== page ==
The Professor and the big swim

The Professor and the big swim

Professor Andy Wolf worked as a consultant paediatric cardiac specialist at Bristol Children’s Hospital for over 20 years. Now, aged 63, he is set to become one of the oldest people to take on a solo swim across the English Channel, in a bid to raise funds for cutting-edge hospital equipment.

Here, Professor Wolf tells MT about his fund raising challenge.

‘I came to Bristol in 1995 to help set up a new Paediatric Cardiac Surgical Unit at The Bristol Royal Hospital for Children. We operate on over 400 children in the South West and Wales each year, pushing the boundaries of what is possible through the efforts of a dedicated and wonderful team.

I’ve seen rapid developments in paediatric cardiac surgery and a dramatic reduction in mortality rates over the last 20 years and now new cutting edge technology is enabling individualised 3D paediatric heart reconstructions for children with congenital heart disease. This development is transforming our abilities to plan and undertake complex cardiac procedures and I know first hand the difference that this will make to children suffering with complex cardiac conditions. Future development of this technology will ultimately allow us to make tissues using a baby’s own cells, enabling us to repair tissues using bioprinting.

So whilst continuing to work with Professor Massimo Caputo in Bristol and Chicago on developing this technology, I decided to raise funds for a 3D paediatric heart reconstruction facility at Bristol Children’s Hospital. In August this year, I will take on one of the toughest challenges of my life: to swim solo across the 21 miles of the English Channel.

A competitive swimmer since the age of 10, I was a junior and senior international for Great Britain in butterfly and the individual medley, and in 1976 was Great Britain Student Swimmer of the Year. Since retiring from clinical practice in 2016, I have returned to swimming and was team manager and swimmer in the Bristol Children’s Hospital relay team that successfully swam the English Channel in 2017. Now aged 63, I will be one of the oldest solo swimmers to attempt this challenge.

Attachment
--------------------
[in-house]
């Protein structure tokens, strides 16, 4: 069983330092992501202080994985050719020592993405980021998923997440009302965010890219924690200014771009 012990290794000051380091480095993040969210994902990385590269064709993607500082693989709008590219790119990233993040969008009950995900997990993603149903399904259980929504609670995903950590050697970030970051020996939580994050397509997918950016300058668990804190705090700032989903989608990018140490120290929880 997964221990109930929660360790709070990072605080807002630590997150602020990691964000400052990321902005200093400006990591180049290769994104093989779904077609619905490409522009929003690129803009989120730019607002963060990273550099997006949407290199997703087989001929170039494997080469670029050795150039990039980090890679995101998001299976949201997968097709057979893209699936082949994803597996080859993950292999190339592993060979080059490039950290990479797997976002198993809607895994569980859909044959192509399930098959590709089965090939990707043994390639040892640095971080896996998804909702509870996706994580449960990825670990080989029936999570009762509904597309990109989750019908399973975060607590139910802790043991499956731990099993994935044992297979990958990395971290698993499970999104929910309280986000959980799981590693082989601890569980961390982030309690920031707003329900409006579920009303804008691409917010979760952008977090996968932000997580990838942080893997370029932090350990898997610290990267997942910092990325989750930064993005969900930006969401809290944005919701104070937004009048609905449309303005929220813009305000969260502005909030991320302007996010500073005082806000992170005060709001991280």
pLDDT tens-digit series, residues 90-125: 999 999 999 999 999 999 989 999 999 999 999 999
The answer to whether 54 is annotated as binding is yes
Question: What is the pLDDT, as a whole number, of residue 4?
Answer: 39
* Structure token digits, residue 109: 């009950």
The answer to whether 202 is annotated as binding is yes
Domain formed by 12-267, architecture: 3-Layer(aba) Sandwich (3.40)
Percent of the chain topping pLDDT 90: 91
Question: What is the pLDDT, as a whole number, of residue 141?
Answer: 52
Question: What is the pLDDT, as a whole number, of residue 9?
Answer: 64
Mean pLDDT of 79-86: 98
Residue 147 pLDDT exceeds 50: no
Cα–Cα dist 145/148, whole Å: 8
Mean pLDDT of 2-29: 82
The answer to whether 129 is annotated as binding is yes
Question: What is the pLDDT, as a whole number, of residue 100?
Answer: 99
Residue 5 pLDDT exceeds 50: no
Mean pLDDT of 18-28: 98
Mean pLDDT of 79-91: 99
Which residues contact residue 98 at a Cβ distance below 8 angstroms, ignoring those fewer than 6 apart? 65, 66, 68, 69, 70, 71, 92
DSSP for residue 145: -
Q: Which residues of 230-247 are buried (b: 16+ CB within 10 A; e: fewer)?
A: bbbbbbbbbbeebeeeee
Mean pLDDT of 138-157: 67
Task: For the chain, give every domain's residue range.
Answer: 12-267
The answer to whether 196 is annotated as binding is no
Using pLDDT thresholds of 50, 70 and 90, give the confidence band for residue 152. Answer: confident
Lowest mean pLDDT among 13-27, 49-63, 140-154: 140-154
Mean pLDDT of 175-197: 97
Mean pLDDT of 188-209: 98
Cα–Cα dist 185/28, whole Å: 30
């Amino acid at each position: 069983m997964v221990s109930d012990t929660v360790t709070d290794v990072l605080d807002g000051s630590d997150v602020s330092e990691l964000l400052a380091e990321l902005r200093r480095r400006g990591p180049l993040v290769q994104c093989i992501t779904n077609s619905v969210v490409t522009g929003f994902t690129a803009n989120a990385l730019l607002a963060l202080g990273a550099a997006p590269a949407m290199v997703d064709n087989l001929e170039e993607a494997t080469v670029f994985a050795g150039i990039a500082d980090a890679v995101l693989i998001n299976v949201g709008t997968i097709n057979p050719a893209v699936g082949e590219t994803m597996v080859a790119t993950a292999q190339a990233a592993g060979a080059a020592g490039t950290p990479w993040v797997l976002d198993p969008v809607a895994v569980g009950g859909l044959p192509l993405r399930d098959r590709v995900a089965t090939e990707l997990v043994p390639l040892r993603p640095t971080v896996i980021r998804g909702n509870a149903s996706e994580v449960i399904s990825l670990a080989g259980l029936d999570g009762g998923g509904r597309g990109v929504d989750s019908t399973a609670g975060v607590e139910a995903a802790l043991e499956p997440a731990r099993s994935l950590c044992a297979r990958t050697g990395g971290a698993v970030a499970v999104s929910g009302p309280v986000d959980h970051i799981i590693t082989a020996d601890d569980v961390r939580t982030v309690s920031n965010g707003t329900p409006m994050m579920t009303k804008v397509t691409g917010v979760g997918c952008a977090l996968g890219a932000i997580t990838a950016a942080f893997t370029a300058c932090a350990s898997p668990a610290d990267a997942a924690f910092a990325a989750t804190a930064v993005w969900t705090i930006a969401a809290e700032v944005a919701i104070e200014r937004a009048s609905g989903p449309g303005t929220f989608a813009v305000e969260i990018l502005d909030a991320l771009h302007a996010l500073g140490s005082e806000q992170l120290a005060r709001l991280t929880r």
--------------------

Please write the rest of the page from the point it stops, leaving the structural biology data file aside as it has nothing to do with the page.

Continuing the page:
I will be swimming the Channel from Dover to the French Coast in the fashion of Captain Webb, who was the first to complete this challenge in 1875. Wearing just swimming trunks, a hat and goggles, and in water temperatures that vary from 15 to 17 degrees centigrade, this will be a tough challenge indeed. Since Captain Webb’s 1875 success, only 1600 individuals have completed the swim and it remains one of the great endurance swimming challenges. To put it into perspective, 4,000 people have stood on the top of Everest.

The straight-line distance from Dover to Cap Gris Nez is 21 miles, but with the strong currents of the English Channel to contend with, the actual distance will be more like 30 miles, a distance that can take over 15 hours. The Channel is one of the busiest shipping lanes in the world and the skilled pilots who guide swimmers across have to dodge container ships to keep the swimmer both safe and on the optimum track through the currents.

The rules, as set out by the Channel Swimming Association, try to faithfully recreate the challenge of Captain Webb’s original swim. Swimmers are not allowed to touch the pilot boat once the challenge is underway and so food is provided by the support crew via a fishing line or pole. Attempts are usually made between June and September, when sea temperatures are usually above 14 degrees centigrade. The main hazards are hypothermia, exhaustion, jellyfish and seasickness. Channel swimming also involves swimming in the dark and on a rolling bumpy sea, which I confess remains a bit scary!

Much of my training has been undertaken at the Clevedon Marine Lake and to condition my body to swimming in cold water, I swam during the winter with temperatures as low as 0 degrees centigrade. Now summer is here the lake water temperature is too warm and I have moved my training to the cooler waters off Brixham. Swimming for up to 10 hours at a time, this last month I swam over 120km but can look forward to swimming a little less as my challenge approaches in early August’.

As Andy’s challenge date approaches, please join us in wishing him a safe and successful swim.

If you’d like to find out more and see details of Andy’s training progress, please visit Andy’s Facebook Blog:

If you’d like to support Andy in his challenge and raise funds for paediatric cardiac development in Bristol and the South West, you can make donations at: